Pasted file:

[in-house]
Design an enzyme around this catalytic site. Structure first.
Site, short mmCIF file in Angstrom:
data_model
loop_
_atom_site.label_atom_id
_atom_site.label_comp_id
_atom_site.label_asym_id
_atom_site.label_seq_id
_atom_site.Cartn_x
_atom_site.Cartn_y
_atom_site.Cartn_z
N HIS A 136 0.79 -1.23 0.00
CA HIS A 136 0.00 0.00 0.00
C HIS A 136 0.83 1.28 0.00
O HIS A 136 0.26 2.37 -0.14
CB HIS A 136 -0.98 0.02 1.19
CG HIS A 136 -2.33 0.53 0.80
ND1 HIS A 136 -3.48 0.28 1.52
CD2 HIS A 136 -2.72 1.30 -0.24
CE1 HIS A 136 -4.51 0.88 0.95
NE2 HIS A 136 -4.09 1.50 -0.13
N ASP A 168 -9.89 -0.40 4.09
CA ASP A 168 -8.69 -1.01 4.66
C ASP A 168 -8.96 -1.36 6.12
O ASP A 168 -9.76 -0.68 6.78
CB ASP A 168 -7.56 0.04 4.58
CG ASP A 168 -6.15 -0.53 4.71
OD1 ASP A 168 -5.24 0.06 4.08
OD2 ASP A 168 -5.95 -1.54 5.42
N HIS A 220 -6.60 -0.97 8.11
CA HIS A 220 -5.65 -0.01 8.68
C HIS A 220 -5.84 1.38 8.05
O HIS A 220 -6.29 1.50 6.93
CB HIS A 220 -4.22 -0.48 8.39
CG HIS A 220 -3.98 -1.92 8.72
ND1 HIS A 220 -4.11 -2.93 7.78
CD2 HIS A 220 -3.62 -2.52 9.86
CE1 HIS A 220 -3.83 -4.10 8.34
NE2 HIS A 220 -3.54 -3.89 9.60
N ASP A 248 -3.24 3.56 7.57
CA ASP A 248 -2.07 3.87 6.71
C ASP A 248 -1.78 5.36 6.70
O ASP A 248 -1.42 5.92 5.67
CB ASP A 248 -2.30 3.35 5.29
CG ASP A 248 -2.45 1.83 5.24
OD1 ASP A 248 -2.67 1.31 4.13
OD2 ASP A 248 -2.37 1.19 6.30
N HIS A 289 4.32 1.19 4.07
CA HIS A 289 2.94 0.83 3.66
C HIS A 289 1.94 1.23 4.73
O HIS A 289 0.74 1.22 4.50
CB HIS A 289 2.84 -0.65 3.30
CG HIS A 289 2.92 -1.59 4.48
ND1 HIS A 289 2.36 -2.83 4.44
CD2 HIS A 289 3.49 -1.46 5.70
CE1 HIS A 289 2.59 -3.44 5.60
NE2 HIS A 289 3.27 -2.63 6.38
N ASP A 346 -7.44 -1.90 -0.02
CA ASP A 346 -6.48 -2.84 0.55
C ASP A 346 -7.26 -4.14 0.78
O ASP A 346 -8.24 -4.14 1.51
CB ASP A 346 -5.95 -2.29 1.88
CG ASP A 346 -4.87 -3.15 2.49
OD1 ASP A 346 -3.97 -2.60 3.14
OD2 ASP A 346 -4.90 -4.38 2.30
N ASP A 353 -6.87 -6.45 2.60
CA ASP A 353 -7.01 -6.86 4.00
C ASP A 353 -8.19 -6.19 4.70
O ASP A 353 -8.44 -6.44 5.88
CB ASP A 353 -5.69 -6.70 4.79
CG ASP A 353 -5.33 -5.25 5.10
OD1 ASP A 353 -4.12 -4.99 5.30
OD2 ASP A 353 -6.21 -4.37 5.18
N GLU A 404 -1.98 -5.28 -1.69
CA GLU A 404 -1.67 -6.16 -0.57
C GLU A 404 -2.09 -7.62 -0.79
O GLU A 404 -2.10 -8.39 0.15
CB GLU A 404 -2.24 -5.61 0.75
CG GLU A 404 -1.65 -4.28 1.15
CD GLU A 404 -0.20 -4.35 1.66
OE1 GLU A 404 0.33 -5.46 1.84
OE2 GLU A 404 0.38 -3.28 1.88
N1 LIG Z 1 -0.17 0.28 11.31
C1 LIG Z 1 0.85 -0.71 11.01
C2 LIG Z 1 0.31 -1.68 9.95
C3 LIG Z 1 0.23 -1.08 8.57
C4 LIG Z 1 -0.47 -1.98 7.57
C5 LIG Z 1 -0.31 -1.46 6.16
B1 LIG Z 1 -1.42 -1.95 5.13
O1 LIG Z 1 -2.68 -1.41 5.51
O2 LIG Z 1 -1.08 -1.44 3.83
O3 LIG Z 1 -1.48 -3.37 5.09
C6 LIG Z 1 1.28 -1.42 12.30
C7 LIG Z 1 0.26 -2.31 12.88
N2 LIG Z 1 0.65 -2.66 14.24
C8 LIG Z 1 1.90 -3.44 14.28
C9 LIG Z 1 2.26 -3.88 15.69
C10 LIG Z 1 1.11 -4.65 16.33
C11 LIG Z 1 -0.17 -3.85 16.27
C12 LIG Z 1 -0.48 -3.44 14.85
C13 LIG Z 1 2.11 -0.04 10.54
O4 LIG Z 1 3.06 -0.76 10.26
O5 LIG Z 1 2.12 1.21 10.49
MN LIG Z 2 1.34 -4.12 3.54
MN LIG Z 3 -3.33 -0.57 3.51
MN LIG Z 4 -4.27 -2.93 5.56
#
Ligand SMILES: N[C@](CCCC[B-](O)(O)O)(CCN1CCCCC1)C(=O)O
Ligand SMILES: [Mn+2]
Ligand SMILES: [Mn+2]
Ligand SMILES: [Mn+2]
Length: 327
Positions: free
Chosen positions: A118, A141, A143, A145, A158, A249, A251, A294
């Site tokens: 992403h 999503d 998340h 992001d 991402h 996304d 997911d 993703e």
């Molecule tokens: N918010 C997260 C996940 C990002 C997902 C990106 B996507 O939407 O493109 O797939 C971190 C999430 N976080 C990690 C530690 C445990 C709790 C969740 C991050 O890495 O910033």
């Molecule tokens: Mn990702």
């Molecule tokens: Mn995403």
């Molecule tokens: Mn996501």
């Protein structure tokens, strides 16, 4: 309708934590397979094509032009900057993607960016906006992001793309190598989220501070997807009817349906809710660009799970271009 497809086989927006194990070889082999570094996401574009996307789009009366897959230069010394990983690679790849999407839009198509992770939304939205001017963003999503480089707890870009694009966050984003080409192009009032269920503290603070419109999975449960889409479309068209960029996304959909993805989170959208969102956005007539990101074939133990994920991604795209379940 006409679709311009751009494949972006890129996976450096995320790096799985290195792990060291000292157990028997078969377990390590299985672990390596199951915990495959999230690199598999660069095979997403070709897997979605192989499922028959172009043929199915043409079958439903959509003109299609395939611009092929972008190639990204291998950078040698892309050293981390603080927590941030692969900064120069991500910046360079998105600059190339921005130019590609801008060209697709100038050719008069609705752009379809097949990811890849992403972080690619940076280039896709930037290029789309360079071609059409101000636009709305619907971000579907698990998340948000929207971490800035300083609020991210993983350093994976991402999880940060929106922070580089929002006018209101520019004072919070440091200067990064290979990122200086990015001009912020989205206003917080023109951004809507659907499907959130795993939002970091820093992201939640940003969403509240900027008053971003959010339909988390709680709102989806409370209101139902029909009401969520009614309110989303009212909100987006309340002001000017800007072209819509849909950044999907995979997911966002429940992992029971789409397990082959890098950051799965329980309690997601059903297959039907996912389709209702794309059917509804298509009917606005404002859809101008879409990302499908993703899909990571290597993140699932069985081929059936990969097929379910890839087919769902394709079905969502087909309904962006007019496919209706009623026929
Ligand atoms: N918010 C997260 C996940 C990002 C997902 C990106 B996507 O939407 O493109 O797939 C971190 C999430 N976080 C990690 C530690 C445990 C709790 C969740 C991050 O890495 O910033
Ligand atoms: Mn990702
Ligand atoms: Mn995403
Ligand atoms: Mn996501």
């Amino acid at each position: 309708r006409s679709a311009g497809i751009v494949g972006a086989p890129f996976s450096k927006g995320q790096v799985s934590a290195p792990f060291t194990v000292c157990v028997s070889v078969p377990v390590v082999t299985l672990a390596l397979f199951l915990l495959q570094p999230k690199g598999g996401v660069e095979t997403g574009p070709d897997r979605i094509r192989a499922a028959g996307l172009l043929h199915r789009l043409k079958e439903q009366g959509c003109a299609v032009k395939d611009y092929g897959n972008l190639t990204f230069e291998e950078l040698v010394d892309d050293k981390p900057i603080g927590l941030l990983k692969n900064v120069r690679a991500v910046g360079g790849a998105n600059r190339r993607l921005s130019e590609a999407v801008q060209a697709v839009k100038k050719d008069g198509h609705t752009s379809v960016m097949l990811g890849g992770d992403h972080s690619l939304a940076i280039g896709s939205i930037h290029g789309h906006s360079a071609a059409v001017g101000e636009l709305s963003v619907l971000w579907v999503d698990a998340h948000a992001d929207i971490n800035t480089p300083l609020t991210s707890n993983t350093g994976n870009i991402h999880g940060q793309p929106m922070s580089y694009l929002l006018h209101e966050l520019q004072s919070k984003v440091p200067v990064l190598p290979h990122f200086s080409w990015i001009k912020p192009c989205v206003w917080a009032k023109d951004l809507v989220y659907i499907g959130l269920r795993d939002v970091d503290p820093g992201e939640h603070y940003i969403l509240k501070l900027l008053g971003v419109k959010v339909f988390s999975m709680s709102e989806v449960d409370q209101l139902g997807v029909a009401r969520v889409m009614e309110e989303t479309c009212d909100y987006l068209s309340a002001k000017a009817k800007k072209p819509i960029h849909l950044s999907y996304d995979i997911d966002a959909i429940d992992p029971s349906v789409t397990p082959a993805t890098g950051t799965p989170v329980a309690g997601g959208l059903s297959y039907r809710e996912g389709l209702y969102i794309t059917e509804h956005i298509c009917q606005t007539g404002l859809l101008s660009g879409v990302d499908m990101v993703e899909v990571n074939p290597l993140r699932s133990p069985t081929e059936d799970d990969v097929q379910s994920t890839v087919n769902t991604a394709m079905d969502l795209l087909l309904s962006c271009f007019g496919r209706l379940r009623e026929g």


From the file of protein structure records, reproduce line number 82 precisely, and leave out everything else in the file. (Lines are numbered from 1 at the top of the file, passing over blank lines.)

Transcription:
OE1 GLU A 404 0.33 -5.46 1.84